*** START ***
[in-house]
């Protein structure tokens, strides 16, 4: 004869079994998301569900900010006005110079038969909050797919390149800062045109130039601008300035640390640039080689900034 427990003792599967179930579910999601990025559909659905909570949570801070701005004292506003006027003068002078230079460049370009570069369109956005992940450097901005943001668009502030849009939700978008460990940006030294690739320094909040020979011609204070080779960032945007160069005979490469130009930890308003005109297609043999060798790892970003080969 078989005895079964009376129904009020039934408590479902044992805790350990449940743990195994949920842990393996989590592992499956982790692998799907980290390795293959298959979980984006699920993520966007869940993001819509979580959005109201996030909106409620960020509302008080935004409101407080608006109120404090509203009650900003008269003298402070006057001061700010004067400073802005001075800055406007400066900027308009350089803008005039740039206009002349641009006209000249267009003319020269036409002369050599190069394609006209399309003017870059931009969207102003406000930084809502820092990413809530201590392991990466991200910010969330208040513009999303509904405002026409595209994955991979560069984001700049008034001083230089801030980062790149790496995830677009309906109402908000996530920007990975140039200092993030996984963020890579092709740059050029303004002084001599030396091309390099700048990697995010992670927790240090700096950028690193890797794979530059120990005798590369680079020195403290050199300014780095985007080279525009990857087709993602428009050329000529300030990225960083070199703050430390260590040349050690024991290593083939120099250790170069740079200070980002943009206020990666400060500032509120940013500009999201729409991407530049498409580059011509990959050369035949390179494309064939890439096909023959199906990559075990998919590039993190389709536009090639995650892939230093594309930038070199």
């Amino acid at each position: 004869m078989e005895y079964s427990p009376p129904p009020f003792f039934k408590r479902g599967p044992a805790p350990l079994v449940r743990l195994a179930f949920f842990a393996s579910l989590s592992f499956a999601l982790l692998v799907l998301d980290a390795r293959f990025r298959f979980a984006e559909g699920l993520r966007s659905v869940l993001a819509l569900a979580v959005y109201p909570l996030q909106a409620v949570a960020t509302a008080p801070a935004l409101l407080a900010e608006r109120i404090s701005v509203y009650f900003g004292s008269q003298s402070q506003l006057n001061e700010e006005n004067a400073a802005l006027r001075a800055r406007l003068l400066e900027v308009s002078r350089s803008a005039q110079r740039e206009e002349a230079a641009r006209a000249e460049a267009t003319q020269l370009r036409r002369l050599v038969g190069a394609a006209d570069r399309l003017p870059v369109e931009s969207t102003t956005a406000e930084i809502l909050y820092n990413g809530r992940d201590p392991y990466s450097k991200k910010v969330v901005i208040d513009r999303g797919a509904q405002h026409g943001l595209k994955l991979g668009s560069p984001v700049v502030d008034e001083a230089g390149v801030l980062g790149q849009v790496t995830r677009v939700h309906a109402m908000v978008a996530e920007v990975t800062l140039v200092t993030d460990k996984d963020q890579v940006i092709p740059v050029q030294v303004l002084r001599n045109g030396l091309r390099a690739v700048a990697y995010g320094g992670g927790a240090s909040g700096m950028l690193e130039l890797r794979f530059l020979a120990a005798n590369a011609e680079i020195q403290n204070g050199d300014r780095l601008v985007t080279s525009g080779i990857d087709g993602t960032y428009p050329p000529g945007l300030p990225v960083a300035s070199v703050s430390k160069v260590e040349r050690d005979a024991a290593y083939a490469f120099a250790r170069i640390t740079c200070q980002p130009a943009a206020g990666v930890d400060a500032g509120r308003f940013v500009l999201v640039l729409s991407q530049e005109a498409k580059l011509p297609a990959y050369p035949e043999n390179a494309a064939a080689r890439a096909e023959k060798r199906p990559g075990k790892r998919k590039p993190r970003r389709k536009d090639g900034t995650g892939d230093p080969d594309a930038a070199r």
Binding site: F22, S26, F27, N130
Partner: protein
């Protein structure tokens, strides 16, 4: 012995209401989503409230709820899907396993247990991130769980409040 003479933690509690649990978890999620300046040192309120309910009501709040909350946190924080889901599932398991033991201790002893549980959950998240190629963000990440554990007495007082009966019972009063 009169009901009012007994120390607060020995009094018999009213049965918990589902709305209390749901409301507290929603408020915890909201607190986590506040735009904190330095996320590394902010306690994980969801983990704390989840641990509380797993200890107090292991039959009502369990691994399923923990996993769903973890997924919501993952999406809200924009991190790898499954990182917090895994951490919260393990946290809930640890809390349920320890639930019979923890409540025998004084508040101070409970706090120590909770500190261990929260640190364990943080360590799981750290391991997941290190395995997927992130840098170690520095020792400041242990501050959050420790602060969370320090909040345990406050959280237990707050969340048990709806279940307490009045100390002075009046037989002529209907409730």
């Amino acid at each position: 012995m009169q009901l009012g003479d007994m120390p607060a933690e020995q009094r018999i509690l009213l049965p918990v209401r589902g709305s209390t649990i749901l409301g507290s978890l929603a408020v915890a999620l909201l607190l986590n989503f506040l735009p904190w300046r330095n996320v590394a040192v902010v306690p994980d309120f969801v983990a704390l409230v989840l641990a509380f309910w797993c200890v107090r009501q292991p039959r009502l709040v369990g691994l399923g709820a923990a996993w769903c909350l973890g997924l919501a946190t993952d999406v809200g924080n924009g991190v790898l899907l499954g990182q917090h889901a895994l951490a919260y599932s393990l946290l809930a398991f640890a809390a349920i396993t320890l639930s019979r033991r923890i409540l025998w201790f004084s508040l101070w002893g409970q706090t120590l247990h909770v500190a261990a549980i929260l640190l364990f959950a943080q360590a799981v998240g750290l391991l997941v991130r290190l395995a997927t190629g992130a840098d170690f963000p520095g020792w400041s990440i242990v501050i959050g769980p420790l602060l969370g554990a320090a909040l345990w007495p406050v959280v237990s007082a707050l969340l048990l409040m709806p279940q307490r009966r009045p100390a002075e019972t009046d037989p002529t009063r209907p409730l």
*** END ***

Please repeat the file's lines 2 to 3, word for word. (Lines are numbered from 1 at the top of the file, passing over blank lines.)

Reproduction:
């Protein structure tokens, strides 16, 4: 004869079994998301569900900010006005110079038969909050797919390149800062045109130039601008300035640390640039080689900034 427990003792599967179930579910999601990025559909659905909570949570801070701005004292506003006027003068002078230079460049370009570069369109956005992940450097901005943001668009502030849009939700978008460990940006030294690739320094909040020979011609204070080779960032945007160069005979490469130009930890308003005109297609043999060798790892970003080969 078989005895079964009376129904009020039934408590479902044992805790350990449940743990195994949920842990393996989590592992499956982790692998799907980290390795293959298959979980984006699920993520966007869940993001819509979580959005109201996030909106409620960020509302008080935004409101407080608006109120404090509203009650900003008269003298402070006057001061700010004067400073802005001075800055406007400066900027308009350089803008005039740039206009002349641009006209000249267009003319020269036409002369050599190069394609006209399309003017870059931009969207102003406000930084809502820092990413809530201590392991990466991200910010969330208040513009999303509904405002026409595209994955991979560069984001700049008034001083230089801030980062790149790496995830677009309906109402908000996530920007990975140039200092993030996984963020890579092709740059050029303004002084001599030396091309390099700048990697995010992670927790240090700096950028690193890797794979530059120990005798590369680079020195403290050199300014780095985007080279525009990857087709993602428009050329000529300030990225960083070199703050430390260590040349050690024991290593083939120099250790170069740079200070980002943009206020990666400060500032509120940013500009999201729409991407530049498409580059011509990959050369035949390179494309064939890439096909023959199906990559075990998919590039993190389709536009090639995650892939230093594309930038070199």
């Amino acid at each position: 004869m078989e005895y079964s427990p009376p129904p009020f003792f039934k408590r479902g599967p044992a805790p350990l079994v449940r743990l195994a179930f949920f842990a393996s579910l989590s592992f499956a999601l982790l692998v799907l998301d980290a390795r293959f990025r298959f979980a984006e559909g699920l993520r966007s659905v869940l993001a819509l569900a979580v959005y109201p909570l996030q909106a409620v949570a960020t509302a008080p801070a935004l409101l407080a900010e608006r109120i404090s701005v509203y009650f900003g004292s008269q003298s402070q506003l006057n001061e700010e006005n004067a400073a802005l006027r001075a800055r406007l003068l400066e900027v308009s002078r350089s803008a005039q110079r740039e206009e002349a230079a641009r006209a000249e460049a267009t003319q020269l370009r036409r002369l050599v038969g190069a394609a006209d570069r399309l003017p870059v369109e931009s969207t102003t956005a406000e930084i809502l909050y820092n990413g809530r992940d201590p392991y990466s450097k991200k910010v969330v901005i208040d513009r999303g797919a509904q405002h026409g943001l595209k994955l991979g668009s560069p984001v700049v502030d008034e001083a230089g390149v801030l980062g790149q849009v790496t995830r677009v939700h309906a109402m908000v978008a996530e920007v990975t800062l140039v200092t993030d460990k996984d963020q890579v940006i092709p740059v050029q030294v303004l002084r001599n045109g030396l091309r390099a690739v700048a990697y995010g320094g992670g927790a240090s909040g700096m950028l690193e130039l890797r794979f530059l020979a120990a005798n590369a011609e680079i020195q403290n204070g050199d300014r780095l601008v985007t080279s525009g080779i990857d087709g993602t960032y428009p050329p000529g945007l300030p990225v960083a300035s070199v703050s430390k160069v260590e040349r050690d005979a024991a290593y083939a490469f120099a250790r170069i640390t740079c200070q980002p130009a943009a206020g990666v930890d400060a500032g509120r308003f940013v500009l999201v640039l729409s991407q530049e005109a498409k580059l011509p297609a990959y050369p035949e043999n390179a494309a064939a080689r890439a096909e023959k060798r199906p990559g075990k790892r998919k590039p993190r970003r389709k536009d090639g900034t995650g892939d230093p080969d594309a930038a070199r």